"Lower voter participation is a silent threat to our democracy...It under-represents young people, the poor, the disabled, those with little education, minorities and you and me." Nancy Neuman
The New York State Constitution sets the age of voting and requirements to registration, but does not bar pre-registration or other laws that can be used to encourage youth in civic engagement.
In New York, youth voter and civic participation is low, especially among low-income and marginalized youth. Research shows bipartisan legislation at minimal costs, narrows this civic gap by improving youth civic education, voter participation, and high school academic achievement. So, the purpose of this memo is to mobilize support for youth civic engagement legislation sponsored in the New York State Legislature.
Key Provisions include:
- Allowing 16 & 17 year olds to pre-register to vote in New York, becoming automatic at 18 years old.
- Lowering the age of full participation at community boards & as poll workers to 16 years old.
- Increasing civic education instruction in high schools and expands online voter registration.
- Allowing youth to register to vote while applying for fishing and hunting licenses.
- Full-time College Students as Poll Workers
- Research shows pre-registration increases youth voter registration & turnout.
- Voting and political participation are habitual; it’s very hard to get adults to start participating later.
- Quality civic educational experiences strongly correlate with active citizenship.
- Youth voter turnout was 20% higher for those who had been taught & encouraged to register to vote while in high school.
Youth civic engagement improves academic achievement:
- Increases likelihood of high school graduation & attending college.
- Provides educators with free tools to make learning experiences current, practical and interactive.
- Reforms are universal, applying equally in both low-income and affluent school districts.
Costs are low, while actually saving money for New York taxpayers:
- Online voter registration shown to save money in other states by costing less than traditional methods of voter registration. Gov. Cuomo’s office states that over $400,000 annually can be saved in New York.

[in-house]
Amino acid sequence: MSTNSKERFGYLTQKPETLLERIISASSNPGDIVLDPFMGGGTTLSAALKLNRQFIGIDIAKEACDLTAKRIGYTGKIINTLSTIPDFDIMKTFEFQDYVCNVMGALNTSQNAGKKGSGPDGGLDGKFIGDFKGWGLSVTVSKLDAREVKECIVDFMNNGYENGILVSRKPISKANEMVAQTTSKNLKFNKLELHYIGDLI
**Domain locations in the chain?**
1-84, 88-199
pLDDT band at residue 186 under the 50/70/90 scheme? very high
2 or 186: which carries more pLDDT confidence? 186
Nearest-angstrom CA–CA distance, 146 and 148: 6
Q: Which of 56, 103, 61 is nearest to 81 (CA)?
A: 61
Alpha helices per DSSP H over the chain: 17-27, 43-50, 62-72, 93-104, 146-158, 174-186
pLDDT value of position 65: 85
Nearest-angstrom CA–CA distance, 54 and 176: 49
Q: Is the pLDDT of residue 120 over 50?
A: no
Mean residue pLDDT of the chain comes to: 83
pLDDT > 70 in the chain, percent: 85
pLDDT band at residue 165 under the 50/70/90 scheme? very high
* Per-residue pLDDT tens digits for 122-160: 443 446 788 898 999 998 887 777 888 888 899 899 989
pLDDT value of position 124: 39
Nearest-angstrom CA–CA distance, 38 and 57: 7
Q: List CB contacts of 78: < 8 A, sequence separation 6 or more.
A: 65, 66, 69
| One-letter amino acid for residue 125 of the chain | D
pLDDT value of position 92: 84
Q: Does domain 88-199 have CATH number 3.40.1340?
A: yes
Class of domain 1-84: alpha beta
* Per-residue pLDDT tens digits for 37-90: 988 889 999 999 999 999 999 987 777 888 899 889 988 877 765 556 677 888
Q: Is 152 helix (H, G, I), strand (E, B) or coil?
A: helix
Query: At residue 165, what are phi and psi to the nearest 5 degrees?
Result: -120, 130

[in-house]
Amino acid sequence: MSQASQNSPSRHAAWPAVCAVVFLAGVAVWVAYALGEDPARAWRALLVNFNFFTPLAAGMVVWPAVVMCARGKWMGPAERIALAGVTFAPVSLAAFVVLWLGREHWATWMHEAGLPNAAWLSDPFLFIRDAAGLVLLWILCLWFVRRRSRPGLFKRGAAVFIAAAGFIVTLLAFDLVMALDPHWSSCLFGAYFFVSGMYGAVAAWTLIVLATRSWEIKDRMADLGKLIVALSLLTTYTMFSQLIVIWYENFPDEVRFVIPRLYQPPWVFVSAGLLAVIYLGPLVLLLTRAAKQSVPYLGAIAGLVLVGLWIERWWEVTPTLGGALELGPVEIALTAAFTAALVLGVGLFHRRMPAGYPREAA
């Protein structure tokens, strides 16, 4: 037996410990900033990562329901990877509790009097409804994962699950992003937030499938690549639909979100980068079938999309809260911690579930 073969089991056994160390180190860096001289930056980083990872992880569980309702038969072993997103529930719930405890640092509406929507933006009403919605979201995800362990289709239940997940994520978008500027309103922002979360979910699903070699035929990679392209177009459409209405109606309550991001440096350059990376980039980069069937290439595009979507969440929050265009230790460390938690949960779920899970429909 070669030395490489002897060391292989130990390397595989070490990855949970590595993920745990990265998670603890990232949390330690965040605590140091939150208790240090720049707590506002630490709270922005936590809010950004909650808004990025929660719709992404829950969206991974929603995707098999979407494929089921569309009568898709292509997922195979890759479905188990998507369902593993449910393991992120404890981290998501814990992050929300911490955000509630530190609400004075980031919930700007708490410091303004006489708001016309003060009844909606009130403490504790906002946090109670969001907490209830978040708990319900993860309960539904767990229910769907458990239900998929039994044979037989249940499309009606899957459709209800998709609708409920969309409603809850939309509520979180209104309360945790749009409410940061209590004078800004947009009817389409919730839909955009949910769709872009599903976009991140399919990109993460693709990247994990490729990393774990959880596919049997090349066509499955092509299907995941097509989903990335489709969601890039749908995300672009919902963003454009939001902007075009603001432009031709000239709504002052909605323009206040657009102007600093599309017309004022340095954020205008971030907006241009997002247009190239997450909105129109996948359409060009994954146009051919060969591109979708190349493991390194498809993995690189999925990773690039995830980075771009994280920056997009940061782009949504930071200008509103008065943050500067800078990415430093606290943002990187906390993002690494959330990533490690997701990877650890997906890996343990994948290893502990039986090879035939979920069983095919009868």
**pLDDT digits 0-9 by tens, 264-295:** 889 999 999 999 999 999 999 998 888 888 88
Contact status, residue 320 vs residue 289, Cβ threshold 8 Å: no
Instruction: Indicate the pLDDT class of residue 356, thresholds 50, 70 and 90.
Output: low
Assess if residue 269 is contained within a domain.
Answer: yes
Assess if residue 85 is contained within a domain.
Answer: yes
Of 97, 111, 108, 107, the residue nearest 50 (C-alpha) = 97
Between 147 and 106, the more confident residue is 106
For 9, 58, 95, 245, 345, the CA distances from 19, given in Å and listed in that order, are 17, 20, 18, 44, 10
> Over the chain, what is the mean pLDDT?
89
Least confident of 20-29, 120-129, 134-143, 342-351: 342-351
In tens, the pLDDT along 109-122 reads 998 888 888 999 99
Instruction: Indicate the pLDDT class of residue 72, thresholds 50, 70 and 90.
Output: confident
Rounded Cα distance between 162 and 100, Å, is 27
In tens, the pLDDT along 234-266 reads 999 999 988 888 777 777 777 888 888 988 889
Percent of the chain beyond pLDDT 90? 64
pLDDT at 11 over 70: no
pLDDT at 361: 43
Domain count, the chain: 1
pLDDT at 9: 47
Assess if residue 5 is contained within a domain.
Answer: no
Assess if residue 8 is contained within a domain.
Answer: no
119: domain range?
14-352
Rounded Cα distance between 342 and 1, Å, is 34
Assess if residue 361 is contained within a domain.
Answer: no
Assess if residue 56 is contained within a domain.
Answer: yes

- Pre-registration requires no new software or voter registration forms.
- Gov. Cuomo’s Education Reform Commission recently cited that an increase in male high school graduation rate in New York by merely 10% would save the state more than $900 million per year!
Has bipartisan support:
- Senate Republicans sponsor several of these youth civic engagement bills (Lanza & Ball).
- Florida and North Carolina enacted youth voter preregistration laws with bipartisan sponsorship.
- In North Carolina, a state won in 2012 by Presidential candidate Mitt Romney, the percentage of youth have preregistering as Republicans or Democrats are equal, with most registering as Independents.
- Improves civic attitudes of youth via full community board participation on issues of their choice.
- Youth will gain hands on civic experience while working alongside adults as valued stakeholders.
- Broadens current civic education with new active and practical civic skills and knowledge.
- Also improves civic attitudes of 16 & 17 year old youth not found in public or private high schools: Youth in juvenile justice facilities, home schools, or simply residing & working in communities.
Section 1. Every citizen shall be entitled to vote at every election for all officers elected by the people and upon all questions submitted to the vote of the people provided that such citizen is eighteen years of age ...
§5. Laws shall be made for ... the registration of voters ...
A uniform voter registration age often does not exist.
- In some states, all 17-year-olds and some 16-year-olds can register. In other states, some 17-year-olds and no 16-year-olds can register. In many states it changes year to year based on the date of the next election.
- The lack of uniformity creates confusion and makes it harder to run effective voter registration and education programs in schools and at the Division of Motor Vehicles.
Lowering the advance-registration age does NOT change the voting age.
- The 26th Amendment to the U.S. Constitution sets the voting age at 18-years-old.
- Local and state jurisdictions can lower the voting age if they so choose, but it is a separate question from voter registration.